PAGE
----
High school chemistry that’s better than high school
What would you get if you wanted to write a love story but, rather than put together a complex fairy tale or Shakespearean tragedy, decided to start with the climactic confession scene? You’d probably get Tsuredure Children, which, in its first episode alone, showcases not just one, but four different love confessions. In any other romantic anime, any chance to act on one’s feelings would get built up over time, only to have the confession scene get interrupted by just about anything that can make noise. This series, however, doesn’t play the game of love like that.
Based on the manga series of the same name, and with animation by Studio Gokumi, Tsuredure Children, presents itself as a collection of skits, about four skits per 13-minute episode. There’s not a single “main character,” but rather an ensemble of specific pairings (and pairs that have yet to become lovers). One is a pair with mutual affection for one another, but they’re both too nervous to act on it. Another pairing involves a class representative who tries to be serious about everything and a mischievous girl who can’t help but playfully tease the poor thing. A third couple involves a girl whose denial of romantic possibilities makes her admirer suffer from frequent emotional pains, while a fourth pair’s attempts at romance end up constantly devolving into silly comedic bits.
And this isn’t even the entire cast! The original manga, at this point, has at least 70 different characters! This adaptation focuses on only 10 different pairings, but this still makes for a lot of different dynamics. They run the gamut of personalities from the meek and the playful to the slow-and-steady and the aggressive when it comes to different people pursuing relationships. But 20 characters is still a lot of lovers for a series that is only allowed 15 minutes per episode. So how does a show like this manage to make each couple so unique and endearing?
In my opinion, it all comes down to the dialogue. Dialogue can make or break skits like these. You don’t want to put the audience to sleep with a long-winding speech. The shorter and snappier an exchange of words is, the easier it is the keep the audience interested. Tsuredure Children succeeds on this front because it keeps things brief whenever it can. Everything feels essential to the conflicts. The fact that it can convey a lot of emotional information with only a few words without making it all feel rushed is a testament to how you don’t always need a lot of words to express something. These moments of brevity also succeed in making Tsuredure Children a generator of sharp comedic timing and vivid physical expressions.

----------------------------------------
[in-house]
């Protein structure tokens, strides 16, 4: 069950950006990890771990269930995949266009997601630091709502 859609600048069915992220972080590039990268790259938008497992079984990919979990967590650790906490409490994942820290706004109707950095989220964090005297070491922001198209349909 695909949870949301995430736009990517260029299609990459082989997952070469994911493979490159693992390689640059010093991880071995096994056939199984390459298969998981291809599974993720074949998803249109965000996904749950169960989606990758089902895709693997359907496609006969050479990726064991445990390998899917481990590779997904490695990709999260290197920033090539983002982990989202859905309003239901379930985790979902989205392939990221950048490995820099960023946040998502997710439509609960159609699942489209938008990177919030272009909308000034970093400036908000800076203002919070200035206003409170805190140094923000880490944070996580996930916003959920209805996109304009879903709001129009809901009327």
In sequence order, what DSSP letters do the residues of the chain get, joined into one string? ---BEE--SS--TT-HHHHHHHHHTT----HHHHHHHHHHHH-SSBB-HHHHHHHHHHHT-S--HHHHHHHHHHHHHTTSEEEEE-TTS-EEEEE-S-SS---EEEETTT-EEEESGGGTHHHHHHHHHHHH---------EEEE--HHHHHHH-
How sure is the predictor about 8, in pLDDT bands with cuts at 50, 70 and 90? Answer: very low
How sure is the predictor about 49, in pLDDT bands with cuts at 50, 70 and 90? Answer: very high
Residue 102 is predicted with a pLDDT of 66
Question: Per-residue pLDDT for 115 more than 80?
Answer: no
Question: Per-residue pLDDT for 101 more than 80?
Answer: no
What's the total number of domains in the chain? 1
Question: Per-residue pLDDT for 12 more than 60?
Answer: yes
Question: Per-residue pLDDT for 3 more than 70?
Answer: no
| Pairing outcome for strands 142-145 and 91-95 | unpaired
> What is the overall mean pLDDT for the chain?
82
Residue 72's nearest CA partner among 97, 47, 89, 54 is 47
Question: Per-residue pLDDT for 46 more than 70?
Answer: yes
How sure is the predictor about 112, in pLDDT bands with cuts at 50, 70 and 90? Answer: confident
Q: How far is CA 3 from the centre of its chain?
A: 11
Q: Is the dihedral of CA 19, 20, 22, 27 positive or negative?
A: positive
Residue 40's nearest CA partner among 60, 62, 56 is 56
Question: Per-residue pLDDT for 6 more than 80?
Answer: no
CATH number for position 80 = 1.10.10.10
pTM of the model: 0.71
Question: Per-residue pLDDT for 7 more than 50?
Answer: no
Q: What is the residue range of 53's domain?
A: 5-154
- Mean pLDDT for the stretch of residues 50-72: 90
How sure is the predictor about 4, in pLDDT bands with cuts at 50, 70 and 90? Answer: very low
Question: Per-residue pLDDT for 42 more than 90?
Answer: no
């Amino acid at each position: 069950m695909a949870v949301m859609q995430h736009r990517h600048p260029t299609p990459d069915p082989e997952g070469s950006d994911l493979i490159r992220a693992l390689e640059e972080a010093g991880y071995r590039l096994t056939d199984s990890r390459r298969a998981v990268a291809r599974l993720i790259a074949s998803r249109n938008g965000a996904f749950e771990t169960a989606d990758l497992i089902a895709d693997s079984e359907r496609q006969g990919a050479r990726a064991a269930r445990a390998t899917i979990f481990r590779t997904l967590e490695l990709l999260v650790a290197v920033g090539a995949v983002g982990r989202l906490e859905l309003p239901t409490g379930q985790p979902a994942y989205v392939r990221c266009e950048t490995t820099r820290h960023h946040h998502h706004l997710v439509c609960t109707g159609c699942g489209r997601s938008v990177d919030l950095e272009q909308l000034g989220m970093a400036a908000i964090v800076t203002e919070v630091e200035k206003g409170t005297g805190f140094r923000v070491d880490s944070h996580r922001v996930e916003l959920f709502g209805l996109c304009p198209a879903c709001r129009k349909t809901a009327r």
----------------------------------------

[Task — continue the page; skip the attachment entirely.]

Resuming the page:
Tsuredure Children is an endearing festival of young love. It’s also an extremely messy one, not because of what it does, but because of what it doesn’t do. No one here is a magical girl, no one here is involved in a space war, and there’s certainly no knife-wielding yandere running through the halls. Simple romantic misunderstandings dominate this show, making it closer to real life than you might realize. These are teenagers in love; these misunderstandings are everything they think about. This might explain why each episode is so short, because they’d probably go from painfully cute to just plain painful.
In other words, anything involving the show’s cartoony, self-proclaimed “Love Master” aside, everything in Tsuredure Children is real; these are real teenagers trying and often stumbling through the trials of the first crush with complete anxieties, and not a GPS in sight. Never before has the teenage psyche felt so realistic and so cute at the same time. Recommended.
rating: Not Rated